Just recently in New Hampshire bear country, an uneasy compromise was reached between bear and human interests. While some cheered after three cubs and a mother bear were given a pardon by Governor Chris Sununu, State biologist Andrew Timmins maintained that relocating the bears (rather than euthanizing them) wouldn’t solve the bear problem. He said that the bears’ ability to travel long distances, and the unlikelihood of them being accepted in new bear territories could lead them back home again. However the reason the bears entered a home and were slated for execution in the first place was human failure to secure trash or remove birdfeeders. The bears became accustomed to foraging in human territories, leading to conflict.

The small community of Hanover may adopt a town ordinance to fine people for not securing trash, reducing the likelihood of future conflict. In many communities however, human animal conflict is an accident waiting to happen, or has escalated into a crisis that isn’t resolved as easily.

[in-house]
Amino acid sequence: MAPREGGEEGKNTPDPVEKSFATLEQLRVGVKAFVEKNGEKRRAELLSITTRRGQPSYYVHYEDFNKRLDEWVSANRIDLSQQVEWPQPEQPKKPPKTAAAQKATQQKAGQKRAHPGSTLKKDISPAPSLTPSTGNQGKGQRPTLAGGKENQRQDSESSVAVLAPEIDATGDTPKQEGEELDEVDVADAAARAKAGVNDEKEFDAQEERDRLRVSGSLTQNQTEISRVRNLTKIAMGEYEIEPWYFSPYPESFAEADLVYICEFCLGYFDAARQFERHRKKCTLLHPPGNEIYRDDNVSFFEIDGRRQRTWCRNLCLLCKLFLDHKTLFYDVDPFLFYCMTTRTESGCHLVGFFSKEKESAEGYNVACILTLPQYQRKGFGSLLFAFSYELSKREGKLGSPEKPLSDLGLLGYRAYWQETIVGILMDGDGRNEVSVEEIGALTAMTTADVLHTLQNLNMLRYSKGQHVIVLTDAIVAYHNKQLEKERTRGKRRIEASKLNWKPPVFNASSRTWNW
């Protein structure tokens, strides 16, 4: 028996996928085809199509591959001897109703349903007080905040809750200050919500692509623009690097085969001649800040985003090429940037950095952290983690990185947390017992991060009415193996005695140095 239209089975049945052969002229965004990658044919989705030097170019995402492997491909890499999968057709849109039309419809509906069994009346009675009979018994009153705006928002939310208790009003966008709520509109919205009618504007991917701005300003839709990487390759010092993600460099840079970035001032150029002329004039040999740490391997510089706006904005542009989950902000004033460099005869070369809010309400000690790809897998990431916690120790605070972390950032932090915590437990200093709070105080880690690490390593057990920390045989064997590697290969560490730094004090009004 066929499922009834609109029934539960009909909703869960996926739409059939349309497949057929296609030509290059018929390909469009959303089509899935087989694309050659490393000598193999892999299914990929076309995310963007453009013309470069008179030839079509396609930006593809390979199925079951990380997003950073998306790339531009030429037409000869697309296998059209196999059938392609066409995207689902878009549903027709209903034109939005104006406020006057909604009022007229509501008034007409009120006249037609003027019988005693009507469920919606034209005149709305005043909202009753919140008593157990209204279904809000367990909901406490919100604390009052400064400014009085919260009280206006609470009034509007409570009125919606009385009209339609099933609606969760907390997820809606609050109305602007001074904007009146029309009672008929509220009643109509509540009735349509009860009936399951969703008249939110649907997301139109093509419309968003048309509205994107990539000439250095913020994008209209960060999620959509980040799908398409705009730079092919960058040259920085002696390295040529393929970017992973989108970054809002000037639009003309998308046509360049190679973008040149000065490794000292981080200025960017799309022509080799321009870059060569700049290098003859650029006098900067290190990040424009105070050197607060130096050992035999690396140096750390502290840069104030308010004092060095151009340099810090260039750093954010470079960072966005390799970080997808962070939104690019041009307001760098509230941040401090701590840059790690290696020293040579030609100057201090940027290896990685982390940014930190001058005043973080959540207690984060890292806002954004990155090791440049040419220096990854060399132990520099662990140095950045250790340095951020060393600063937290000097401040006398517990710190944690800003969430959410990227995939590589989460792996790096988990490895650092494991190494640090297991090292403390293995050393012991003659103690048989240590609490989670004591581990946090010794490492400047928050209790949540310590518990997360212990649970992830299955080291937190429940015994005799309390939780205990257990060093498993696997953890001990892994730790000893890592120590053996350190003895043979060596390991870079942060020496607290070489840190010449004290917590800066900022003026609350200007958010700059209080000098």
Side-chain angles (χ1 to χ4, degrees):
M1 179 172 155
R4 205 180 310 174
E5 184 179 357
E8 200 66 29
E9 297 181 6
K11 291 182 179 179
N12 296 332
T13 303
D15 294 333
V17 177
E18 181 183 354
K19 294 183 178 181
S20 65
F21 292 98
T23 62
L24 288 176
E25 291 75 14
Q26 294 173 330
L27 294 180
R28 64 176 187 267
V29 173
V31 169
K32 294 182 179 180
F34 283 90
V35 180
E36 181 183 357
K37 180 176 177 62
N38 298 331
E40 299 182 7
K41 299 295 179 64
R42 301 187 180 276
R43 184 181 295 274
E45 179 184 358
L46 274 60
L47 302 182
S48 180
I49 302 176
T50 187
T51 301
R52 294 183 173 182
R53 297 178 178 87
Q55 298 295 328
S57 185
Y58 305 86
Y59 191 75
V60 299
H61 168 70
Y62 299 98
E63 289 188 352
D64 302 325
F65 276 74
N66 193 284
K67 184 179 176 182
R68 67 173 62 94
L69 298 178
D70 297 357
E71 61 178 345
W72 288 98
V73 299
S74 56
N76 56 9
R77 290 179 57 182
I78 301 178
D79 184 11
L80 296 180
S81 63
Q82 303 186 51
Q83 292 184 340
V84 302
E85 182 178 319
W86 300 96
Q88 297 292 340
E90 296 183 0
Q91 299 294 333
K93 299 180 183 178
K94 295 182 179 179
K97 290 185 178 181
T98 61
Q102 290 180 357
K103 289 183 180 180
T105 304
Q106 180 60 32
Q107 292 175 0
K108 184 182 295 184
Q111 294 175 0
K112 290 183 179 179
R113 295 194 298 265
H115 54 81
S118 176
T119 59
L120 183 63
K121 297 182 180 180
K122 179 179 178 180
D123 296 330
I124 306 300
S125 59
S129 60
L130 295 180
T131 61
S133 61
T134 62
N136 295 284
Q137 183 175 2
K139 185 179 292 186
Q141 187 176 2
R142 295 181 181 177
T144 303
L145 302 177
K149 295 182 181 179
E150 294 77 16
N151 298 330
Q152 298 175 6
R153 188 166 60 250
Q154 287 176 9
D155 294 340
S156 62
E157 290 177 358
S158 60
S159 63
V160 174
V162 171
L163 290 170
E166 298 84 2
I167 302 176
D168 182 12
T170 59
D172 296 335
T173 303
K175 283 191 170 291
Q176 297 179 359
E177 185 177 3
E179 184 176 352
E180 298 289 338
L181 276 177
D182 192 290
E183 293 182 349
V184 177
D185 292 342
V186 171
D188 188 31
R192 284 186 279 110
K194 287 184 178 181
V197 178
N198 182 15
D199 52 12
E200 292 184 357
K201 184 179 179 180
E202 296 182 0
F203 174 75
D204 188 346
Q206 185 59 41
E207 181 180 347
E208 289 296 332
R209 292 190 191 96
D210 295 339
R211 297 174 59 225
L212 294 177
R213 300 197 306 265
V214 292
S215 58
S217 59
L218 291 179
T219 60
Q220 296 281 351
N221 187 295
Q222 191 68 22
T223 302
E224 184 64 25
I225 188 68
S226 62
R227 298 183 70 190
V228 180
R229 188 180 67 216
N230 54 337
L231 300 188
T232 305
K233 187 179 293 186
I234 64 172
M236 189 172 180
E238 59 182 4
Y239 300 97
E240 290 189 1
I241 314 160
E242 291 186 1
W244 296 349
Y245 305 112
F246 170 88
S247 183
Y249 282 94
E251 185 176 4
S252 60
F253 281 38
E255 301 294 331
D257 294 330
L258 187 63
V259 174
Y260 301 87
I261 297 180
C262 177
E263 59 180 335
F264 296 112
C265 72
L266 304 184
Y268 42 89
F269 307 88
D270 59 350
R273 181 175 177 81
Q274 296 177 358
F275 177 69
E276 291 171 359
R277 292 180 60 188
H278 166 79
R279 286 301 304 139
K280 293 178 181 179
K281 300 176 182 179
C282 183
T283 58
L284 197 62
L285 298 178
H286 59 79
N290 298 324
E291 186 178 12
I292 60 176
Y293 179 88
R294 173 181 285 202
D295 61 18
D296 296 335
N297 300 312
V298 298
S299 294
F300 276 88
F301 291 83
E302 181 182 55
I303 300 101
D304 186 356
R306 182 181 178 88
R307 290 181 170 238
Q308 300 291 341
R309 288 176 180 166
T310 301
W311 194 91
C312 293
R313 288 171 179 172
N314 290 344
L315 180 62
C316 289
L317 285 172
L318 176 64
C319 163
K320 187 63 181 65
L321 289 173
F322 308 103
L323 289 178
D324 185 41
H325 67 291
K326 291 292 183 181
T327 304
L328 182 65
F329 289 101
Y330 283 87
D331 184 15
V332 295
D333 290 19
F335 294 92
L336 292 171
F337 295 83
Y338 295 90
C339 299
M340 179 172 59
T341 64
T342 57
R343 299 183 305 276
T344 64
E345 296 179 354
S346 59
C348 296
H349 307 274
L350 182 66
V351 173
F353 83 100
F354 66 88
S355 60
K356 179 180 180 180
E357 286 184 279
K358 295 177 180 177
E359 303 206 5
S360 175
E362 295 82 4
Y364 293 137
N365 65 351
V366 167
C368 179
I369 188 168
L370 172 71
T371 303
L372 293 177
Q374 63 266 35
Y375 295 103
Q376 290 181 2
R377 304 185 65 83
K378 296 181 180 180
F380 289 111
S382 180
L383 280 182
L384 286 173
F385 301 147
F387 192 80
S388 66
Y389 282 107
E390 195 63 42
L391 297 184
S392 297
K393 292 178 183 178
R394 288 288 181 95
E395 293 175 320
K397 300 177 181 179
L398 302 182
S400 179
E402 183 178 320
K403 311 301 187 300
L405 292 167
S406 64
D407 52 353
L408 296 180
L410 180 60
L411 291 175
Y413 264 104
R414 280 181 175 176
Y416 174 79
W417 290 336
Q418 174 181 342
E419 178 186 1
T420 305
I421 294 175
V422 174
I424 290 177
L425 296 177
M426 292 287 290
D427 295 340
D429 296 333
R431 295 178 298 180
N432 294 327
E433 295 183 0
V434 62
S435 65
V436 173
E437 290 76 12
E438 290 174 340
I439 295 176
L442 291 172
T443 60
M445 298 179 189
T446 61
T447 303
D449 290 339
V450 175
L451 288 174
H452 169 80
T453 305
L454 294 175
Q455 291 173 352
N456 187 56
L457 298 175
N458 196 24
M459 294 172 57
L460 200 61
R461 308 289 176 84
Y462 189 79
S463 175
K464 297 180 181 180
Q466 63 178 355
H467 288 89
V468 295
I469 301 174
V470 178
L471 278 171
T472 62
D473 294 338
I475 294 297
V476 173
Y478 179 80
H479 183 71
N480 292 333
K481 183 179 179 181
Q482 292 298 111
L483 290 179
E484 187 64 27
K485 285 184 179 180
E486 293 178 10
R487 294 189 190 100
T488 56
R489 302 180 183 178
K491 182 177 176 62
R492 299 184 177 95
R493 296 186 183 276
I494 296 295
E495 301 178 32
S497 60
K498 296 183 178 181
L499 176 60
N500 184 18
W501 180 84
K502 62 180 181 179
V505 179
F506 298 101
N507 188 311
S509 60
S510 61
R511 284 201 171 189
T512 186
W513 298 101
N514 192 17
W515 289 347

At Boileau Conflict Solutions, we believe the key to resolving conflicts is for all parties to be viewed as stakeholders in reaching a compromise. We maintain that animals, too, are stakeholders with legitimate life interests, and that any dispute affects an interconnected community of humans and animals. Mediation allows for all interests to be considered fairly and confidentially in a neutral environment and builds mutual understanding in reaching agreements to forestall future conflicts.

Please contact us today to see how we can help.

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